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Vision loss tied to diabetes on rise in U.S.

By Genevra Pittman

Vision loss likely related to diabetes increased by 20 percent over less than a decade in the U.S., according to a new study. 

So-called nonrefractive vision impairment - which includes glaucoma and cataracts - can't be corrected with glasses, and typically requires laser therapy or surgery. It can also lead to permanent vision loss in some cases, especially when the problem isn't identified or treated in a timely fashion.

"These are really dramatic findings, and they're kind of the tip of the iceberg of what's coming ahead," said Dr. David Friedman from the Wilmer Eye Institute of Johns Hopkins University School of Medicine in Baltimore, who worked on the study.

The researchers said that as diabetes rates continue to rise - and hit younger and younger people - some complications tied to the disease are expected to spike as well. Vision loss is especially a concern among people who have had diabetes for ten years or more.

Using data from a national health and nutrition study, Friedman's team found 1.4 percent of the 9,471 adults examined in 1999 through 2002 had nonrefractive vision impairment. That compared to 1.7 percent of the 10,480 people tested in 2005 through 2008.

Over that time, the number of study subjects who'd had diabetes for at least ten years also increased, from 2.8 percent to 3.6 percent. Among adults younger than 40, that figure more than doubled - from 0.3 percent to 0.7 percent.

The study can't prove diabetes was behind the rise in vision problems.

However, everything else linked to a higher risk of nonrefractive vision impairment - such as poverty and lack of education - was the same or better in the later study population compared to the earlier one, the researchers wrote Tuesday in the Journal of the American Medical Association.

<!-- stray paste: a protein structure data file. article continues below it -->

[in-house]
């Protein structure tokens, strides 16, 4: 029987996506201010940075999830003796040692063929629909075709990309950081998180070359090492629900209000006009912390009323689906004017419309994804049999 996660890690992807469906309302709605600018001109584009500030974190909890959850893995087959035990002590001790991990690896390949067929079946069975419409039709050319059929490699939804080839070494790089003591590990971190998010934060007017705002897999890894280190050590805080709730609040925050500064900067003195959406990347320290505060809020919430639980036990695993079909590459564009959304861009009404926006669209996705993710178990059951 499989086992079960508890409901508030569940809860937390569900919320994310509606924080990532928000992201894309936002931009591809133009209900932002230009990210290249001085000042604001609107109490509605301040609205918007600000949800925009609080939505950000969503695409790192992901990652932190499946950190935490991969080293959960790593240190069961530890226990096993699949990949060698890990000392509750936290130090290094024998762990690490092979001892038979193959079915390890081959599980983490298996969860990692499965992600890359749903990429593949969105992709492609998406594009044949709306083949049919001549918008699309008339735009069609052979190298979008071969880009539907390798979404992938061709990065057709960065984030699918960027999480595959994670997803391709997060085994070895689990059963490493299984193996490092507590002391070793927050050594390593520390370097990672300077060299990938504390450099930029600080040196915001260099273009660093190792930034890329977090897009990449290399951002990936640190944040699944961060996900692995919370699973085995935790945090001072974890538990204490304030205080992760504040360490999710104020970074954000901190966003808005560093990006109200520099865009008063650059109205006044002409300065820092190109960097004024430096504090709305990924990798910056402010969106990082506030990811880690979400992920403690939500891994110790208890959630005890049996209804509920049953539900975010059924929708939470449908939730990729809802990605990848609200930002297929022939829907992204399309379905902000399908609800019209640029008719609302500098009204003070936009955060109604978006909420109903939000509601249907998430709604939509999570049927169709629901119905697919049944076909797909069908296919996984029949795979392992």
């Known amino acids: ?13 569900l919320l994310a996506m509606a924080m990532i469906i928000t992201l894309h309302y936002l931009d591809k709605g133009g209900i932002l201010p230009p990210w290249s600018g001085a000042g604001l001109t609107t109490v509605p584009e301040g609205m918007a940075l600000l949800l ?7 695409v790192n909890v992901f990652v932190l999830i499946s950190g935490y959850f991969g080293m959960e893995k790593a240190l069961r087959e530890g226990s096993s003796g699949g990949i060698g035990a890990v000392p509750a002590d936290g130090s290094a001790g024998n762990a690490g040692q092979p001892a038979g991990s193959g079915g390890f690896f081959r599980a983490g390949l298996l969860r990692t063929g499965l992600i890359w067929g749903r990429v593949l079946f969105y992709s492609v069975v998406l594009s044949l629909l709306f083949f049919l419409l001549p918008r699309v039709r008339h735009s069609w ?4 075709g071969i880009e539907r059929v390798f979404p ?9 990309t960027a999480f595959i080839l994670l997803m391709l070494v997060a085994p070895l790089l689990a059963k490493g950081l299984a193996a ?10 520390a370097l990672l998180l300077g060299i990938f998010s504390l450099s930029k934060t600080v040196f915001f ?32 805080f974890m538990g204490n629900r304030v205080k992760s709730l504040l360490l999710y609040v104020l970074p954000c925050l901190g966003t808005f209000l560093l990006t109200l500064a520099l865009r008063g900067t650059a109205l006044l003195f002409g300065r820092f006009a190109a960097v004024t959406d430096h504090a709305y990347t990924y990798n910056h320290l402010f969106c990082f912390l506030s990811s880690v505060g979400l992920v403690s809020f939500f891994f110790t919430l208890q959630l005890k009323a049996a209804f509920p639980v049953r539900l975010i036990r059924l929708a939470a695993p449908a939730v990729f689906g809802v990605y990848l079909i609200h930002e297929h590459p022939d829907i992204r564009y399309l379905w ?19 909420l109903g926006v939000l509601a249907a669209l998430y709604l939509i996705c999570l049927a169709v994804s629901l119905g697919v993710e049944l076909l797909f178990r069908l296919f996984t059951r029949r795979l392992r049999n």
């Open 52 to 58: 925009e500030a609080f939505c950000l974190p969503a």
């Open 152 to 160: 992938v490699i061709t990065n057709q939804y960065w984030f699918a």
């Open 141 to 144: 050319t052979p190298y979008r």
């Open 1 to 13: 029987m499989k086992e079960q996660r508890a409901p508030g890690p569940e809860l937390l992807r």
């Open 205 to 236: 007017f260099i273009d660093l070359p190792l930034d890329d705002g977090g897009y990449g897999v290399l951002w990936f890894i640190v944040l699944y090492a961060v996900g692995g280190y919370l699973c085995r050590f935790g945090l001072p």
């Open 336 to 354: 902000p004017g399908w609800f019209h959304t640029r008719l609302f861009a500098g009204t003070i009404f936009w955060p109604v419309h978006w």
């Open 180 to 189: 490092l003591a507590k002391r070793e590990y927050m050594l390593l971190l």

"The only (association) that got worse and got dramatically worse is diabetes, and not just diabetes, but diabetes for a long time," Friedman told Reuters Health.

'A really alarming sign'

Vision problems related to diabetes develop when fluid accumulates in the retina, making it blurry, or when new blood vessels grow in the back of the eye due to lack of oxygen.

The type of vision loss measured in the study - worse than 20/40 in both eyes - isn't blindness, according to Friedman, but would make it harder for people to live independently and would mean many couldn't get an unrestricted driver's license.

"This is a really alarming sign," said David Musch, an epidemiologist at the University of Michigan Kellogg Eye Center in Ann Arbor, who co-wrote an editorial published with the study.

"This is probably only one of a number of signs that will be evident in the near future if we continue to have young children and adolescents be overweight and obese," he told Reuters Health, noting that more kids and adolescents are being diagnosed with what used to be considered "adult-onset" diabetes.

"This is a message to vision care providers that they're going to be seeing a lot more of these complications among a younger population," Musch added.

Friedman said screening everyone with diabetes for vision problems, as is done in England, can almost completely eliminate blindness related to the condition. However, only about half of diabetics in the U.S. currently get their eyes checked regularly.

"Hopefully what this article will do is raise awareness and in part increase the screening rate," he said.